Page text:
Global Consumer Confidence Report: January 2024
In December, consumers in the United States and Europe grew significantly more optimistic about their countries’ business prospects and their own personal finances as headline inflation continued to moderate in both regions. The Index of Consumer Sentiment (ICS) increased in 31 of the 43 countries tracked by Morning Consult. However, consumers in China grew less optimistic, offsetting and ultimately muting the gains in a GDP-weighted ICS. The economic and financial outlook for consumers in China and Europe remains considerably more fragile compared to their counterparts in the United States. European consumers face elevated exposure to geopolitical risks and negative supply side shocks. Chinese consumers, on the other hand, are increasingly being forced to reckon with the structural challenges inherent in their economic system, including overhang in real estate debt, an aging population and a limited social safety net, consistent with Morning Consult’s past research into Chinese consumption habits.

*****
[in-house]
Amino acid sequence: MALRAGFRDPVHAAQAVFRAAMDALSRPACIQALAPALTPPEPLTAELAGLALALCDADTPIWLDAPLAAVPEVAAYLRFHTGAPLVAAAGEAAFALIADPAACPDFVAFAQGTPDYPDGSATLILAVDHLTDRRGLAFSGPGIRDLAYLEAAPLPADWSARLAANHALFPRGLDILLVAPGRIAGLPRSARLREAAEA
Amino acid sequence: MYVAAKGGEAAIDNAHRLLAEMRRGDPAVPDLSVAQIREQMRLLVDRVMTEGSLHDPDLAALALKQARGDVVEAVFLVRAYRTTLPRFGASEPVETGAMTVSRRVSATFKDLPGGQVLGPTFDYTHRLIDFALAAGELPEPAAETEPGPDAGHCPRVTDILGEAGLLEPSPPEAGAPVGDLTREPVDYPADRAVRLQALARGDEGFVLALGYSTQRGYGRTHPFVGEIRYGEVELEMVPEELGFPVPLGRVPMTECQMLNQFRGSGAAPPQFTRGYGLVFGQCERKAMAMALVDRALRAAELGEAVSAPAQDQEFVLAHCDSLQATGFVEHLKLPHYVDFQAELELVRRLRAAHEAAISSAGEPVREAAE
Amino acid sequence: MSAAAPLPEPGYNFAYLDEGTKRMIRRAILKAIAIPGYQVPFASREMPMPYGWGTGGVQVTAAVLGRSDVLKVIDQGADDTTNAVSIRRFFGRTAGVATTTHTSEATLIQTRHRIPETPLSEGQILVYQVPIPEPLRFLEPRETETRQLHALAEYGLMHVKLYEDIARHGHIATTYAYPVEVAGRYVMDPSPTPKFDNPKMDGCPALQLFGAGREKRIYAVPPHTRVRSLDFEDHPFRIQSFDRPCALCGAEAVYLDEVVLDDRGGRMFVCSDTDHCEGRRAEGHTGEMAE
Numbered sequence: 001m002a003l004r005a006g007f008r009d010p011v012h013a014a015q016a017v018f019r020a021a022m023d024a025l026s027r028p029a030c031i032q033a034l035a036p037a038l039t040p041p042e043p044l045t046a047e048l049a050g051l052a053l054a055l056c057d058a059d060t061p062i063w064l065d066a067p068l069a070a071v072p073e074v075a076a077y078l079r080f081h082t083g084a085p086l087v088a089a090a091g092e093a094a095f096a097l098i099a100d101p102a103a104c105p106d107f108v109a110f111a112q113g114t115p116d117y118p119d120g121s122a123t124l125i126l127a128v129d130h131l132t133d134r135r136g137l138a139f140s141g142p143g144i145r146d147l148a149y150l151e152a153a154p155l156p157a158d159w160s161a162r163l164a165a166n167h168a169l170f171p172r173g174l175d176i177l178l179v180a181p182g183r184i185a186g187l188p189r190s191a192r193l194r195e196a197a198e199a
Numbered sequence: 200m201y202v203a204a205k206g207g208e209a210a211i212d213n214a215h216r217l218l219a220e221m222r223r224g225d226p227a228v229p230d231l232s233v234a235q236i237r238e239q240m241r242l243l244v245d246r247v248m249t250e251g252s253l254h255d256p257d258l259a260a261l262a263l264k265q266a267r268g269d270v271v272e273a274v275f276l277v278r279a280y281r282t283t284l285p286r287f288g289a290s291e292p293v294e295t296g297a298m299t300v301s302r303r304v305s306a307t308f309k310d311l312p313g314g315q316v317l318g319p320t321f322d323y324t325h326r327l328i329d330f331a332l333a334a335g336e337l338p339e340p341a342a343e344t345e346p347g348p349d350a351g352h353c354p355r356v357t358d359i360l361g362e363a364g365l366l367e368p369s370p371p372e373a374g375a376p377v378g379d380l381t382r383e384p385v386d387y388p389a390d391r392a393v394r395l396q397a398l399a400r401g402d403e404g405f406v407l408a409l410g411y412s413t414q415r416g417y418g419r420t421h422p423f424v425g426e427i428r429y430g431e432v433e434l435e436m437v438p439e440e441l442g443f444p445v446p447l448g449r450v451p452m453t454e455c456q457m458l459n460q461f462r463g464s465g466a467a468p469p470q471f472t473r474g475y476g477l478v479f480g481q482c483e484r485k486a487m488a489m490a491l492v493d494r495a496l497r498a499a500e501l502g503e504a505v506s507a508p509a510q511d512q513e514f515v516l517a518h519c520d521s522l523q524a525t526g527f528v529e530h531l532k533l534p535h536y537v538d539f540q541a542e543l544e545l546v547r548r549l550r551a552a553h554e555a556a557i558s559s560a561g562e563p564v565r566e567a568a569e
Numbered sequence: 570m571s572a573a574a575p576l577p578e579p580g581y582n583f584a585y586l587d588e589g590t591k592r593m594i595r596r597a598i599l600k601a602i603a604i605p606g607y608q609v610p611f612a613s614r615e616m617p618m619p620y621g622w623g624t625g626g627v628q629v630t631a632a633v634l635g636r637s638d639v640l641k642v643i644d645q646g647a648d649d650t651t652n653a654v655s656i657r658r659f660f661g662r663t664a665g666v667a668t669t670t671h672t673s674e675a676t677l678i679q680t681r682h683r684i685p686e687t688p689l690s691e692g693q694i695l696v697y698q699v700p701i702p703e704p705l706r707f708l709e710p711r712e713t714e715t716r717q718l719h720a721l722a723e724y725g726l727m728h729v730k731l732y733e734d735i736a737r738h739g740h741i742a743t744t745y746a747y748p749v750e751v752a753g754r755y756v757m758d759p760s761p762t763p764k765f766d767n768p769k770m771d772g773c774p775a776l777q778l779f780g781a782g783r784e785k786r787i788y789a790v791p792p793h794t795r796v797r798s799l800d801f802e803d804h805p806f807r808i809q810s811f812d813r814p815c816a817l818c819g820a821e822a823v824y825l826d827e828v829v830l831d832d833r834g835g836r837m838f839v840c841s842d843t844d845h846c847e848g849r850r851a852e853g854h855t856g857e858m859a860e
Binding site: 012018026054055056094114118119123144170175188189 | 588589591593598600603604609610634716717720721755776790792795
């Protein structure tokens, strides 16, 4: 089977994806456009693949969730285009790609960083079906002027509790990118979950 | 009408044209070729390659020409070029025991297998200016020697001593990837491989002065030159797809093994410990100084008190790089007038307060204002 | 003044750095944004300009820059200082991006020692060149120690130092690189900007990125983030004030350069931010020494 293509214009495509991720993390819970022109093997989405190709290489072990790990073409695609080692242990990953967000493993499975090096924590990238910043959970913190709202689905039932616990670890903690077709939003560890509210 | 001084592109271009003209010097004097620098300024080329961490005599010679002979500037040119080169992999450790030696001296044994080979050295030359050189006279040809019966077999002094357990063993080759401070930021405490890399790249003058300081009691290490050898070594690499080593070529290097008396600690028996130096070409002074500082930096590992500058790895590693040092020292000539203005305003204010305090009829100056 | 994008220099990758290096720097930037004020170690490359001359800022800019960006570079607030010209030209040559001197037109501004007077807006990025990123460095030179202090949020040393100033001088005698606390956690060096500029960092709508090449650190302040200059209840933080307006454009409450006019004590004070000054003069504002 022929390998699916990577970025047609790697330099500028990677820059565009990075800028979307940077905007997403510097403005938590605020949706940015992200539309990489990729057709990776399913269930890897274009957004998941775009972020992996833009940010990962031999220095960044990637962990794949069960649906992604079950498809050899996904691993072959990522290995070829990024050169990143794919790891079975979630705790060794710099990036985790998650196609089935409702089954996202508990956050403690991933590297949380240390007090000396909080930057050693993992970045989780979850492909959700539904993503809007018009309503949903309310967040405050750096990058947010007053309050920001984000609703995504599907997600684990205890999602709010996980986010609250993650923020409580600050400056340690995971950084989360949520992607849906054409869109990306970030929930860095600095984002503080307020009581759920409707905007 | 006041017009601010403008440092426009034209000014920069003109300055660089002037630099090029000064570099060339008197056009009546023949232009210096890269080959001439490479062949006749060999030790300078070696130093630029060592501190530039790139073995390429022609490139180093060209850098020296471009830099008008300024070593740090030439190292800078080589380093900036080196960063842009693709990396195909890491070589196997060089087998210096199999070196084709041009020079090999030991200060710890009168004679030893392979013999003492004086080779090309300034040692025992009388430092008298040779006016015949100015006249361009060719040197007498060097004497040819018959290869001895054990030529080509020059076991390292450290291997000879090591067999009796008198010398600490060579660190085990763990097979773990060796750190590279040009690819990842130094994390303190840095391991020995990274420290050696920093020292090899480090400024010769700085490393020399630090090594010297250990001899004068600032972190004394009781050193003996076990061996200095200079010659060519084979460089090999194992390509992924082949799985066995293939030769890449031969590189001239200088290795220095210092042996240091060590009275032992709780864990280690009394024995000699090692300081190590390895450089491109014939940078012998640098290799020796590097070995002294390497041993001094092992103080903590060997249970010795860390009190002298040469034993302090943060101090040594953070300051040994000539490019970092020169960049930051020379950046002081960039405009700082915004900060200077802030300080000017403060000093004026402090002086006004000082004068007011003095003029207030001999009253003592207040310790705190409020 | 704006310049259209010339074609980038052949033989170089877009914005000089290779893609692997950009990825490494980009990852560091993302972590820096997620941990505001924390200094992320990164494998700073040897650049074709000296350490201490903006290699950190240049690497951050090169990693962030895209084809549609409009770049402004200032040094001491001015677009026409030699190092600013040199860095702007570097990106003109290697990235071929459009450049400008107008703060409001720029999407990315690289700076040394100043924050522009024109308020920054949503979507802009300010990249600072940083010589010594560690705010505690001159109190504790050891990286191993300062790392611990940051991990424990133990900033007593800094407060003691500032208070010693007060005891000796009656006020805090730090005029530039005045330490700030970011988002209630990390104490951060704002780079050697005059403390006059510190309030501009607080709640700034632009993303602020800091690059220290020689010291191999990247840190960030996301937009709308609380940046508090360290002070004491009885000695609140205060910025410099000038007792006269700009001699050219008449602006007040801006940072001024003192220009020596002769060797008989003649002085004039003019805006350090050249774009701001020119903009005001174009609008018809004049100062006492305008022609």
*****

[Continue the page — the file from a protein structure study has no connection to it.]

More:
- The U.S. economy looks relatively attractive heading into 2024, although the presidential election will challenge the resolve of economic policymakers.
- Switzerland experienced the largest increase in confidence last month, with the Morning Consult Index of Consumer Sentiment rising 6.7% from November to December.
- The Morning Consult China Index of Consumer Sentiment fell the most in December relative to the prior month (-2.5%).
About the authors
Jesse Wheeler previously worked at Morning Consult as a senior economist.
Akber Khan is an economist at decision intelligence company Morning Consult, where he supports the research efforts of the Economic Intelligence team by applying a combination of data science, data engineering and econometric forecasting methods to deliver insights into global macroeconomic trends. Previously, he worked for the Federal Reserve Board as a financial analyst, covering issues such as banking and finance, short-term funding markets, and monetary policy. He received a bachelor’s degree in economics from Bentley University.